Is your salary enough?

PERCEPTIONS - Ariel Nepomuceno - The Philippine Star

The most awaited day for employees is the 15th of the month. On this day, the ATMs become the popularly sought-after machine for salaried employees and workers who must eventually remit their hard-earned cash to their homes.

However, generally, are salaries of most Filipinos enough? Is yours enough? The impact of inflation is felt most strongly amongst the middle and lower classes of our society. The barometer are the prices of basic goods. Economists would use the changes in the prices of a pre-determined “basket of goods” to indicate the ongoing rate of inflation or increases in the prices of the said commodities. Typically, these are the expenses we incur daily for food, clothing and other household goods.

Realistic target is survival. On the verge of sliding further down, the objective of minimum wage earners is to beat inflation and avoid becoming poor.

In the National Capital Region (NCR), a family of five needs an average income of at least P25,000 monthly to afford their most basic needs. Lower outside NCR. However, the national average income is P18,423, depending on what report you’re using. In some, actually, the average monthly income is much lower at P11,000. Meaning, in the entire country, the average salaries fall below what’s necessary to sustain the minimal requirement for food, shelter, medicine, school and clothing, regardless of which report you would believe.

According to the statistics cited by the National Economic and Development Authority in 2023, underemployment dropped to 11.7 percent, while unemployment rate also improved to 4.2 percent. Good news, academically speaking, but meaningless to the more than 20 million Filipinos who are living in poverty.

Our workers and employees who are scared, consciously or not, to slide down towards the poverty sector are practically helpless in preventing themselves from joining the ranks of Filipinos who could barely support themselves with proper nutrition. According to estimates, a family of four to five persons must have at least P9,500 to have their barest food requirement. So do the math. How can a family who, on average, earns P11,000 to P18,000, allot the amount needed for food when they also have to spend for other necessities such as electricity, water, transportation and, if necessary, medicines? More often, of course, they have to sacrifice and juggle their meager funds. In the process, education is almost automatically thrown out as a luxury that they could no longer afford in their daily struggle for survival. Hence, education ends as their means for improvement.

It is important to remember that of the more than 20 million Filipinos who are living in poverty, most of them are farmers, fisherfolk, livestock workers and urban poor who are either unemployed or underemployed. Whether or not their income is enough needs no further research nor any long discourse. Belonging to this sector essentially means being malnourished, difficult access to education, nil chance for medicines or health care, inadequate clothing and poor living conditions. Furthermore, they are trapped in a vicious cycle of desperation.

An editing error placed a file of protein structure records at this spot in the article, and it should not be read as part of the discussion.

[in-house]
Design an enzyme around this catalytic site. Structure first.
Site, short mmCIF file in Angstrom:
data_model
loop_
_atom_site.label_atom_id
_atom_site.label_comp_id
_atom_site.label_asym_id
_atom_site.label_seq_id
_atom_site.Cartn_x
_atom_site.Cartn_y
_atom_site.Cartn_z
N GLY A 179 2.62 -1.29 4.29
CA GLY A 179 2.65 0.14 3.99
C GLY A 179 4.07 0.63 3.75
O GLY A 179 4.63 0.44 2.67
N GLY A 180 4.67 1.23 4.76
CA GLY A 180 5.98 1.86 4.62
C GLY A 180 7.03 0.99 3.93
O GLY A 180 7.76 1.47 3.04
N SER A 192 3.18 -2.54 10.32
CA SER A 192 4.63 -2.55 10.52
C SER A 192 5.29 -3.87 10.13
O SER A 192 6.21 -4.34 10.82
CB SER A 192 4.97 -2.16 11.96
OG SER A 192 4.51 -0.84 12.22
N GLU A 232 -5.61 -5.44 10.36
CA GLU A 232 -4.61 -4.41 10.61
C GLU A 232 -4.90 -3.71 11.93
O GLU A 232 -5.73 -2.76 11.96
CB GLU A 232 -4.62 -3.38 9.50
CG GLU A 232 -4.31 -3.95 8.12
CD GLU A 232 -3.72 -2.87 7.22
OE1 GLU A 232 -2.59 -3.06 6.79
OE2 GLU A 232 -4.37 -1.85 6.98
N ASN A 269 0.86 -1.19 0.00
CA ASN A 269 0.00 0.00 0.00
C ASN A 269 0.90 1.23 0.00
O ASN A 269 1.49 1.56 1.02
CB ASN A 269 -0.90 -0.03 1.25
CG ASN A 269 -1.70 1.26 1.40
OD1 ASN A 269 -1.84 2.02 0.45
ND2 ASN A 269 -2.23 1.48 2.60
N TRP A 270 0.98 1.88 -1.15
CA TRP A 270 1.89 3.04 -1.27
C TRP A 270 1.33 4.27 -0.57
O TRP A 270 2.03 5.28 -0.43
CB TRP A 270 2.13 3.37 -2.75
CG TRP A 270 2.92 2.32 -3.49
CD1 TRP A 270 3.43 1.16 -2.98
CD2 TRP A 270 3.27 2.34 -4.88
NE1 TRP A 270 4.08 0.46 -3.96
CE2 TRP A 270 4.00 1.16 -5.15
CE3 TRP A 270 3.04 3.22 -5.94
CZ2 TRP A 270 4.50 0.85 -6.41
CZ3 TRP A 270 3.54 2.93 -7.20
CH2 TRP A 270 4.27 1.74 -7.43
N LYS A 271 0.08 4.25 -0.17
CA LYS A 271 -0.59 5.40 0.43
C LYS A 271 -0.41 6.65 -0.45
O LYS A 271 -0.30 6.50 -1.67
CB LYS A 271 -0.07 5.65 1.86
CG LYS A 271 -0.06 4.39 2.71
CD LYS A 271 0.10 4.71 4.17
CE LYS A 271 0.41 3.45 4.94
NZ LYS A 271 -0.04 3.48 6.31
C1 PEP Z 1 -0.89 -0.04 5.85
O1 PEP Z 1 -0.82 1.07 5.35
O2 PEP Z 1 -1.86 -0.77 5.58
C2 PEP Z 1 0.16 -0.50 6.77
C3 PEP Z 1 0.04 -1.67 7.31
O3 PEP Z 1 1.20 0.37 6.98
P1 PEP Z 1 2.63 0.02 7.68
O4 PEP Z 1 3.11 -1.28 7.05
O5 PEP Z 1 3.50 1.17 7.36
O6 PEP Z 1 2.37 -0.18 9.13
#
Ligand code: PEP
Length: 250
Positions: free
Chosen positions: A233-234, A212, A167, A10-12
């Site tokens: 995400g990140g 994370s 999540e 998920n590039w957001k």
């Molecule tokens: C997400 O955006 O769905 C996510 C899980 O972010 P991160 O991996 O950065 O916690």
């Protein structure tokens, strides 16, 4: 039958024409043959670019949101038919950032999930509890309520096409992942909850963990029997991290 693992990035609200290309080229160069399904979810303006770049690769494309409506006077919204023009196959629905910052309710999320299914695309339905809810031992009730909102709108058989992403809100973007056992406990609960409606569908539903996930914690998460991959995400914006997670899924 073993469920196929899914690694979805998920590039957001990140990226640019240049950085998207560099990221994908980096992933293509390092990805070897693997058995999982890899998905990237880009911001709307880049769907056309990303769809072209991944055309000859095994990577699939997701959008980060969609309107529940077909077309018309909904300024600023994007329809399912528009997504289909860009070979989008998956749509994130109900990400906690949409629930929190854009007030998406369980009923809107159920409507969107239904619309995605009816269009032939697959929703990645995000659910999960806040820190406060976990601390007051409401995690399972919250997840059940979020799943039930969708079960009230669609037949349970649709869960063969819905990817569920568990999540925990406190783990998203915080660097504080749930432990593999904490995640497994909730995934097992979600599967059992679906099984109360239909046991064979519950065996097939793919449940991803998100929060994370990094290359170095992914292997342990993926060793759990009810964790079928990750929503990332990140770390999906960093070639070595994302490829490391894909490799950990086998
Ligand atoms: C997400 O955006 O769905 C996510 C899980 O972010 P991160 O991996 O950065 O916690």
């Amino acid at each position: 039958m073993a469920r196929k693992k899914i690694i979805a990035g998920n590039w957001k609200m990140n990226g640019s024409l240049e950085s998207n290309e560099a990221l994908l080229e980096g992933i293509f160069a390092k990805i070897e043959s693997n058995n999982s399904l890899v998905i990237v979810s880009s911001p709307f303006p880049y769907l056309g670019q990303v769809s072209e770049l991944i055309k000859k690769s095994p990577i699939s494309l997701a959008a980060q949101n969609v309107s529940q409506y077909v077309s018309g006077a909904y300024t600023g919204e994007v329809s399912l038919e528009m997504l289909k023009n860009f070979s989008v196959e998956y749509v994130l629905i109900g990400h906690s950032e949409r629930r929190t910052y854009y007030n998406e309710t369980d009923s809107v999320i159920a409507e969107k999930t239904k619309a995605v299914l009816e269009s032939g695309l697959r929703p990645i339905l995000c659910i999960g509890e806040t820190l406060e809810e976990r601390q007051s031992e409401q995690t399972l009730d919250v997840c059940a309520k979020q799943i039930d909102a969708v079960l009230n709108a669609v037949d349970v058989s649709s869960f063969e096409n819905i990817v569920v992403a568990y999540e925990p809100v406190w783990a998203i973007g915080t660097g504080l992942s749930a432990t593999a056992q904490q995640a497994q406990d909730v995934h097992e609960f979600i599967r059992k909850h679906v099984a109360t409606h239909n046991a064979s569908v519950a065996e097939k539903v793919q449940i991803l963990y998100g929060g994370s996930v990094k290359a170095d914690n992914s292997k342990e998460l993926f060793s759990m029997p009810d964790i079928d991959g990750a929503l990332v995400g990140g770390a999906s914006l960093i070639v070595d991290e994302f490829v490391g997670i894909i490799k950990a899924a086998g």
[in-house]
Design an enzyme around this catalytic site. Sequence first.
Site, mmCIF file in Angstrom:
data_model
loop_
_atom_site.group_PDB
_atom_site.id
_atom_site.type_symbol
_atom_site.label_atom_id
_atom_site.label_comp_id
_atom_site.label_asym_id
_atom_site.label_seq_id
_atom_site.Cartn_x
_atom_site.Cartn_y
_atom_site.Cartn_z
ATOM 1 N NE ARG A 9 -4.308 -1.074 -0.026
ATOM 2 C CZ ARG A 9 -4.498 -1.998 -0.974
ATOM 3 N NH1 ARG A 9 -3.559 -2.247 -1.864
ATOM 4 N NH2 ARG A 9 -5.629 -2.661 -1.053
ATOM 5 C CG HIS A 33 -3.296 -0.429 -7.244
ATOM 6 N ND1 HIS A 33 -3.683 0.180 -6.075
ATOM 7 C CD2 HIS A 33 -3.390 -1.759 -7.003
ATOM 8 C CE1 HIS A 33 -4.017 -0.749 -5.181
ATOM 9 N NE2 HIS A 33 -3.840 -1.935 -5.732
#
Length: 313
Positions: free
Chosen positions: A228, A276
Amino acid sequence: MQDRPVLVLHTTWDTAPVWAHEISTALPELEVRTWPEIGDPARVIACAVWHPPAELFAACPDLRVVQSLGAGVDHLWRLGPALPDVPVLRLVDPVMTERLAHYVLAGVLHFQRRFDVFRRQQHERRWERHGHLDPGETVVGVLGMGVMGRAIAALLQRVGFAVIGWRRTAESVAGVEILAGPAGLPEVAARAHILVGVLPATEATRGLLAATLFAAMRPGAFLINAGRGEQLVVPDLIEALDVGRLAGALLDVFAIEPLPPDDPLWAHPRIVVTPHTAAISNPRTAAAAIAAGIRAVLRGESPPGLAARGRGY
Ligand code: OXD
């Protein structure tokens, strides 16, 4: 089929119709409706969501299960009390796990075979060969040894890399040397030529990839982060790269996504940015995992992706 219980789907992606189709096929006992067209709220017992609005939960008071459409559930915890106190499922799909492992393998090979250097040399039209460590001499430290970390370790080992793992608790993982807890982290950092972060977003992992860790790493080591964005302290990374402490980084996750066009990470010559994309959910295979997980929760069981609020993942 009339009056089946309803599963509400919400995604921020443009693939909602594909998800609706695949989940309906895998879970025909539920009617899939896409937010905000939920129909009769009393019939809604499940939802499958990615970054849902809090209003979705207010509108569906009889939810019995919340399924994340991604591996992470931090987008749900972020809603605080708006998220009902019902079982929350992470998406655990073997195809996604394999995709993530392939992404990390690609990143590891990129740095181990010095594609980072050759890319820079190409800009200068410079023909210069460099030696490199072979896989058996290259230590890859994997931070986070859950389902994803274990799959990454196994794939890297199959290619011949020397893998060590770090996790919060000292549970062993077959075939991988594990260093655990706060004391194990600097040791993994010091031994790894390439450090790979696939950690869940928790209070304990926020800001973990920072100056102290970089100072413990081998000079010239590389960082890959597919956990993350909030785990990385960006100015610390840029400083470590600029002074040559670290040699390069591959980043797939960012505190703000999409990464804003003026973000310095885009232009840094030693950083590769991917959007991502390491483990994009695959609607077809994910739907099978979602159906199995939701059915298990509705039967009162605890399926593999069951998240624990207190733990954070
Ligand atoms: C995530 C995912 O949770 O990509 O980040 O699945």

Those in the middle class are vulnerable to price fluctuations that would consistently move upwards, not downwards. They diligently pay the correct taxes because of the automatic deductions in the payroll. Their take-home pay will be fitted against the expenses that could not be avoided such as rent, food, transportation, education.

Living within means is more than a mantra. Our income must determine our lifestyle. Not the other way around. Yes, we know and embrace this. The middle-class workers and employees know this by heart. The answer to the question if your salary is enough can be very subjective. But in whatever way we frame the answer, the average daily wages will not be enough to cover the bigger demands of living comfortably, not luxuriously. In the interim, it is a must that there should be more than one bread winner in the family.

Truth is, local businesses must expand. They must be supported by ensuring fair competition against the influx of illegal or underpaid imports. Abusive bureaucrats from the national government agencies down to local barangay officials must be ended. Squeezing more blood from employers could only go so far. We must also focus on how to create a better business environment that will make our enterprises prosper.

Substantial investments must come in. More jobs have to be created so that labor can be better valued and avoid underemployment and minimize unemployment. The elusive “ease of doing business” must happen soon, not later. The more than 30 signatures and 60 days just to register a corporation is anathema and an injustice to our need for more investments.

Is your salary enough? To some, the answer is yes. But for the majority of Filipinos, sadly, no. And the only way that this will change is for businesses to thrive and more investments to pour in.

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